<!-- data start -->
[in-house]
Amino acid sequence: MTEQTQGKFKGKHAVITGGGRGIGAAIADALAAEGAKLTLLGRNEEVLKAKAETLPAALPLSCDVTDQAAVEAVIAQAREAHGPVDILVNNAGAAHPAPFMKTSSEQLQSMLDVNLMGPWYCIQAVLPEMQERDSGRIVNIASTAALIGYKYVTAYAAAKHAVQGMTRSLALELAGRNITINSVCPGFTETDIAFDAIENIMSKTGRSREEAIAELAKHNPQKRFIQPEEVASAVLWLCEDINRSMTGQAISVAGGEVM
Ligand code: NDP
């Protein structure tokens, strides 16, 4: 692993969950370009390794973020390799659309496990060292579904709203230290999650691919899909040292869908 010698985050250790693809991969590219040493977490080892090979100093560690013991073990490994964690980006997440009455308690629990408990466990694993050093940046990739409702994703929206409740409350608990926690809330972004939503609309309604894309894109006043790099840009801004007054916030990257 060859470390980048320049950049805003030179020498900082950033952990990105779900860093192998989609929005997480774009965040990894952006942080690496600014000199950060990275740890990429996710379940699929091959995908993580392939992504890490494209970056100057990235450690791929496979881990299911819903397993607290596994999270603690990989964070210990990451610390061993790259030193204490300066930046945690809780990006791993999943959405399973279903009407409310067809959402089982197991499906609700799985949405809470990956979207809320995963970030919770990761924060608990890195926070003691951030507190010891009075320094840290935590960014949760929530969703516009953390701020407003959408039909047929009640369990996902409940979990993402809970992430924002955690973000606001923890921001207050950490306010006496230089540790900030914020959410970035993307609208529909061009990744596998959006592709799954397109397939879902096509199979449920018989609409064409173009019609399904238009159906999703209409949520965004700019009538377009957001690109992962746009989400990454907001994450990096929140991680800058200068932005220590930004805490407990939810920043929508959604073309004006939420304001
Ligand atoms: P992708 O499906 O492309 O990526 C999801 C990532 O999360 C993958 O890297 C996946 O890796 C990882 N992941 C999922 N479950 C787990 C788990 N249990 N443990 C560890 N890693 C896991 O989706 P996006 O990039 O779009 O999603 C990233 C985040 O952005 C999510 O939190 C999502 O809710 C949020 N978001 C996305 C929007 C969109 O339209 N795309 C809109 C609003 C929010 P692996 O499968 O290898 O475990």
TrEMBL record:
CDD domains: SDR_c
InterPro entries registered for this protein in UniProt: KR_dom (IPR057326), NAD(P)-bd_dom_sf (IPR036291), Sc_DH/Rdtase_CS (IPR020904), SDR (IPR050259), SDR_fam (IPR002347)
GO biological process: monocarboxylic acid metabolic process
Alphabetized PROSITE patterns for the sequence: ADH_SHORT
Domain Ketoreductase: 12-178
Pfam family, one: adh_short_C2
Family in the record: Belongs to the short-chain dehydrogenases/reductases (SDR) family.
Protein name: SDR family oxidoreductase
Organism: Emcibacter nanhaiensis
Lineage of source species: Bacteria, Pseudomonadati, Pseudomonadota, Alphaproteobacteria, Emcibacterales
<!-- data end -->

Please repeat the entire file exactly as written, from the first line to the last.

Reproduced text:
[in-house]
Amino acid sequence: MTEQTQGKFKGKHAVITGGGRGIGAAIADALAAEGAKLTLLGRNEEVLKAKAETLPAALPLSCDVTDQAAVEAVIAQAREAHGPVDILVNNAGAAHPAPFMKTSSEQLQSMLDVNLMGPWYCIQAVLPEMQERDSGRIVNIASTAALIGYKYVTAYAAAKHAVQGMTRSLALELAGRNITINSVCPGFTETDIAFDAIENIMSKTGRSREEAIAELAKHNPQKRFIQPEEVASAVLWLCEDINRSMTGQAISVAGGEVM
Ligand code: NDP
């Protein structure tokens, strides 16, 4: 692993969950370009390794973020390799659309496990060292579904709203230290999650691919899909040292869908 010698985050250790693809991969590219040493977490080892090979100093560690013991073990490994964690980006997440009455308690629990408990466990694993050093940046990739409702994703929206409740409350608990926690809330972004939503609309309604894309894109006043790099840009801004007054916030990257 060859470390980048320049950049805003030179020498900082950033952990990105779900860093192998989609929005997480774009965040990894952006942080690496600014000199950060990275740890990429996710379940699929091959995908993580392939992504890490494209970056100057990235450690791929496979881990299911819903397993607290596994999270603690990989964070210990990451610390061993790259030193204490300066930046945690809780990006791993999943959405399973279903009407409310067809959402089982197991499906609700799985949405809470990956979207809320995963970030919770990761924060608990890195926070003691951030507190010891009075320094840290935590960014949760929530969703516009953390701020407003959408039909047929009640369990996902409940979990993402809970992430924002955690973000606001923890921001207050950490306010006496230089540790900030914020959410970035993307609208529909061009990744596998959006592709799954397109397939879902096509199979449920018989609409064409173009019609399904238009159906999703209409949520965004700019009538377009957001690109992962746009989400990454907001994450990096929140991680800058200068932005220590930004805490407990939810920043929508959604073309004006939420304001
Ligand atoms: P992708 O499906 O492309 O990526 C999801 C990532 O999360 C993958 O890297 C996946 O890796 C990882 N992941 C999922 N479950 C787990 C788990 N249990 N443990 C560890 N890693 C896991 O989706 P996006 O990039 O779009 O999603 C990233 C985040 O952005 C999510 O939190 C999502 O809710 C949020 N978001 C996305 C929007 C969109 O339209 N795309 C809109 C609003 C929010 P692996 O499968 O290898 O475990």
TrEMBL record:
CDD domains: SDR_c
InterPro entries registered for this protein in UniProt: KR_dom (IPR057326), NAD(P)-bd_dom_sf (IPR036291), Sc_DH/Rdtase_CS (IPR020904), SDR (IPR050259), SDR_fam (IPR002347)
GO biological process: monocarboxylic acid metabolic process
Alphabetized PROSITE patterns for the sequence: ADH_SHORT
Domain Ketoreductase: 12-178
Pfam family, one: adh_short_C2
Family in the record: Belongs to the short-chain dehydrogenases/reductases (SDR) family.
Protein name: SDR family oxidoreductase
Organism: Emcibacter nanhaiensis
Lineage of source species: Bacteria, Pseudomonadati, Pseudomonadota, Alphaproteobacteria, Emcibacterales